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Figure 10.1. Pathways involved in the entraining of the circadian rhythm.

light cycle. The lateral geniculate nucleus (LGN) activates the suprachiasmatic nucleus (SCN) in the case of the non-light-based stimuli such as motor activity. The raphe nuclei also impact on the SCN. Thus several pathways appear to be involved in the entraining process (see Figure 10.1).

Sleep and the EEG

In general, the sleep cycle is synchronized via the SCN. All sensory stimuli activate the ascending reticular activating system, thereby causing cortical arousal and preventing the cortex reverting to its basic slow-wave oscillating rhythm. The excitatory, arousing mechanisms are complemented by inhibitory inputs from the hypothalamus. At least four different types of neurotransmitters are involved in regulating the EEG pattern in the sleep-wake cycle. Thus acetylcholine causes a desynchronization of the cortical EEG while REM sleep is induced by cholinomimetic drugs (such as arecoline and physostigmine) but blocked by atropine.

The central histamine 1 receptors are active in the posterior hypothalamus during the waking phase but inactive during the slow-wave sleep and REM stages of the sleep-wake cycle. Antagonists of the H1 histamine receptors cause sedation.

There is evidence that the histaminergic tract that passes from the posterior hypothalamus to the cortex via the thalamus is inhibited by a GABAergic pathway. It is now known that H3 receptors act as autoreceptors on histaminergic neurons and that agonists of H3 receptors augment slow-wave sleep. In addition, histamine can increase cortical arousal by enhancing excitatory cholinergic neurons from the basal forebrain and also inhibits the hypothalamic pre-optic area which normally promotes sleep. With respect to the control of the circadian rhythm, histamine has both excitatory (Hj) and inhibitory (H2) effects on the SCN. Thus in addition to acetylcholine, noradrenaline and 5-HT, histamine would also appear to play a crucial role in regulating the sleep pattern.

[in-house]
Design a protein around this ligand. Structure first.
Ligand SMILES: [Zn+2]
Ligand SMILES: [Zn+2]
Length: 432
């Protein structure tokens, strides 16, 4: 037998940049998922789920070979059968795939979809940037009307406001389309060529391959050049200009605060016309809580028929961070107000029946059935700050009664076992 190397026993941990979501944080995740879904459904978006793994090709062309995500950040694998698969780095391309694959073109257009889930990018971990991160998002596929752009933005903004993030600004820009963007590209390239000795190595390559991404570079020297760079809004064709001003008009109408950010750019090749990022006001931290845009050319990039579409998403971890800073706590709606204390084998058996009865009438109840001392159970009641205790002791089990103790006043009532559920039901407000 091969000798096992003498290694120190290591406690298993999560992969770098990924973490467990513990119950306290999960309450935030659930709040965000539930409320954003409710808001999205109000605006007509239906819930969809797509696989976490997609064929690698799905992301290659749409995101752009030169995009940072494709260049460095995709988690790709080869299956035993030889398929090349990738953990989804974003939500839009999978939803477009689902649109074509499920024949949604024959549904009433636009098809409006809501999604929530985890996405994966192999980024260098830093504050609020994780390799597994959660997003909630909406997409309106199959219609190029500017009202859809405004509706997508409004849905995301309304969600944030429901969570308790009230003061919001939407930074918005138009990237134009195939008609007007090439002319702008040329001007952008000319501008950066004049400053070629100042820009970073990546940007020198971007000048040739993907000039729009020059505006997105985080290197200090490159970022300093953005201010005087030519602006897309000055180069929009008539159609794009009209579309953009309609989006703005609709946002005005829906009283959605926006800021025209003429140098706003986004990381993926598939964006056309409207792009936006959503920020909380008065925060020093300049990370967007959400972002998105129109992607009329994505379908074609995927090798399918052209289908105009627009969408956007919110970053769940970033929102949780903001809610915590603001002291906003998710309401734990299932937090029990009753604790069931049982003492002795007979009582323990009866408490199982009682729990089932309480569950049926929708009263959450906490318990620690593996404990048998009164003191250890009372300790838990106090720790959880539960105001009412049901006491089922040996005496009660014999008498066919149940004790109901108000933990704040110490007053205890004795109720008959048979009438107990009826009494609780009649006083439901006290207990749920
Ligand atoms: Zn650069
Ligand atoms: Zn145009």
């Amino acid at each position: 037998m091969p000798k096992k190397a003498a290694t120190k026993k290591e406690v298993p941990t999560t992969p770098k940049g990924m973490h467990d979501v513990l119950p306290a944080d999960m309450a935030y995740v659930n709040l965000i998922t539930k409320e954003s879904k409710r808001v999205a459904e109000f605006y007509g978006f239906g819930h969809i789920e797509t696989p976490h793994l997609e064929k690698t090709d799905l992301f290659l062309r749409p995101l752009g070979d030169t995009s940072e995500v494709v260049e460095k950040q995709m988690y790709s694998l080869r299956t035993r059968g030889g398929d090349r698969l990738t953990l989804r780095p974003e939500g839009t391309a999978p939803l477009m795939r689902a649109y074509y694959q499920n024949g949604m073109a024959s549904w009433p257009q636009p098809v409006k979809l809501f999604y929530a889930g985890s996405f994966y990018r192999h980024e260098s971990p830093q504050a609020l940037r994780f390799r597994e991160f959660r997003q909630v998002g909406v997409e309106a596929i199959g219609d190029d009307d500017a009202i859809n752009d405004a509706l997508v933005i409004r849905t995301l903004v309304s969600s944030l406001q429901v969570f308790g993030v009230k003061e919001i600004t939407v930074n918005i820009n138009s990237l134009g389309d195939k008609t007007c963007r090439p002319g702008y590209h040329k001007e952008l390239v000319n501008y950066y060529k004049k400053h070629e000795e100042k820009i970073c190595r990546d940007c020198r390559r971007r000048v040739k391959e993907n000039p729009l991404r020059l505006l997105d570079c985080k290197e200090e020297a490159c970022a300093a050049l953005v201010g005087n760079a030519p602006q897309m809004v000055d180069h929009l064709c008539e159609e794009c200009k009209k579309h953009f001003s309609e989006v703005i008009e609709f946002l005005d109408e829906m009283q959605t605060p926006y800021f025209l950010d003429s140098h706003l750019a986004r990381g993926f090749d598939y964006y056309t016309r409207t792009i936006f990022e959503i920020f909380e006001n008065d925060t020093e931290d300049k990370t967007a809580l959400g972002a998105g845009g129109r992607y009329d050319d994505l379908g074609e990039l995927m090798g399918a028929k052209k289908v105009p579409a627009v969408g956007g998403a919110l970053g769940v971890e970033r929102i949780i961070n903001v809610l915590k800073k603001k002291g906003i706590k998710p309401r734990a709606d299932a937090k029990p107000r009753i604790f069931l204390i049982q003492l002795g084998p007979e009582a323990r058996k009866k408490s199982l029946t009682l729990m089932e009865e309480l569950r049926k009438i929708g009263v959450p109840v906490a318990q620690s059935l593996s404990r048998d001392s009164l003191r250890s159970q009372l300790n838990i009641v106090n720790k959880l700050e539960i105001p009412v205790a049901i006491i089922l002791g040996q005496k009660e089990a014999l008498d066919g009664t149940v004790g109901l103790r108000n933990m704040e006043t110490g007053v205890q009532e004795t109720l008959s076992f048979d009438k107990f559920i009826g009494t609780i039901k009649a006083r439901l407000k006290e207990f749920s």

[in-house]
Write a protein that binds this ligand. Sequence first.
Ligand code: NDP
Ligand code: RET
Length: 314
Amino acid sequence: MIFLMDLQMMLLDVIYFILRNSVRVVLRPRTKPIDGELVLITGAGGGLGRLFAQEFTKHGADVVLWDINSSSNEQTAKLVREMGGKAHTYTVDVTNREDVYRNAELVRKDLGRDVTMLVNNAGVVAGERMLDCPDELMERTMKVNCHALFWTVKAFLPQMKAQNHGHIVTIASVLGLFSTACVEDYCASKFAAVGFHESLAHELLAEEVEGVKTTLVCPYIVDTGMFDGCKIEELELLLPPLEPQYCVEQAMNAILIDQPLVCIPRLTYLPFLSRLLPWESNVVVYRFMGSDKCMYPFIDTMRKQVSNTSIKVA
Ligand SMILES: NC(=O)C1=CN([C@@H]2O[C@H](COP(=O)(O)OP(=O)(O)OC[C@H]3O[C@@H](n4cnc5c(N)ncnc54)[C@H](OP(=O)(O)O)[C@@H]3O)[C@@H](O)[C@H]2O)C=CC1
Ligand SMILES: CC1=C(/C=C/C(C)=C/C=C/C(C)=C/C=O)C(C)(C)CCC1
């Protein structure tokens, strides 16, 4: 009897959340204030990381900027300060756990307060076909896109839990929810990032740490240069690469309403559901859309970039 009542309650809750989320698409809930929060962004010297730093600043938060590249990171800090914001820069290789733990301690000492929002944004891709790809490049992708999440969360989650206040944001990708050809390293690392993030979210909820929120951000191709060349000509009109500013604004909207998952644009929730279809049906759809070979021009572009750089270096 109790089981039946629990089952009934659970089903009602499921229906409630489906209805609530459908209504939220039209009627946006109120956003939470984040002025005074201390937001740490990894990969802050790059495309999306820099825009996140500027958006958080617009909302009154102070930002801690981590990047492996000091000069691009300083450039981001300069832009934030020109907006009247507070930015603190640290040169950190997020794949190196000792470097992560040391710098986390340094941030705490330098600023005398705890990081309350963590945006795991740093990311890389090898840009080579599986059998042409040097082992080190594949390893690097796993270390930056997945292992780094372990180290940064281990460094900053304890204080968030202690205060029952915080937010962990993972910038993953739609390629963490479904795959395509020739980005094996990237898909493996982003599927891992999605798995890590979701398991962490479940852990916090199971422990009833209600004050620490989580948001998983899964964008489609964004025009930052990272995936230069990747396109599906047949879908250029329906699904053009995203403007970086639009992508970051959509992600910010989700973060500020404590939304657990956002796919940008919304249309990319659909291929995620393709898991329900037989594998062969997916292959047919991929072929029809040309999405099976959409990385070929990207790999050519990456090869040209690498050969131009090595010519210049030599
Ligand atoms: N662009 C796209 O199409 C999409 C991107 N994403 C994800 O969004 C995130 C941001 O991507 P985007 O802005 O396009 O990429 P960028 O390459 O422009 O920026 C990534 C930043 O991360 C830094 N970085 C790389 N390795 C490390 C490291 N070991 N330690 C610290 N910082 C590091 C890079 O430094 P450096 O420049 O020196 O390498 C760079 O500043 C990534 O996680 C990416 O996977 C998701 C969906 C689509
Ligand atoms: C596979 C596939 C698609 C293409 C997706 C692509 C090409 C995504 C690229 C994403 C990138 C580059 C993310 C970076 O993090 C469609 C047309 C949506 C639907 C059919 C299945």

Noradrenaline - the EEG is aroused by stimulants such as the amphetamines and methylphenidate whereas drugs such as reserpine which deplete brain noradrenaline have the opposite effect. Similar effects to the stimulants may be obtained by the electrical stimulation of the locus coeruleus which has been shown to decrease in activity during the REM sleep phase of the sleep cycle. The precise role that noradrenaline plays in sleep is uncertain. While it may be involved in sleep induction, noradrena-line also has many other physiological functions including control of the heart rate, blood pressure, autonomic activity, etc. which play a role in the entraining process.

Dopamine - low doses of the dopamine agonist apomorphine increase slow-wave sleep and, like other dopaminometics, cause somnolence in patients with Parkinson's disease. Conversely, dopamine autoreceptor antagonists, which enhance dopamine release, reduce both REM and non-REM sleep. Stimulants such as cocaine cause arousal by activating D2 postsynaptic receptors, effects which are blocked by most neuroleptics.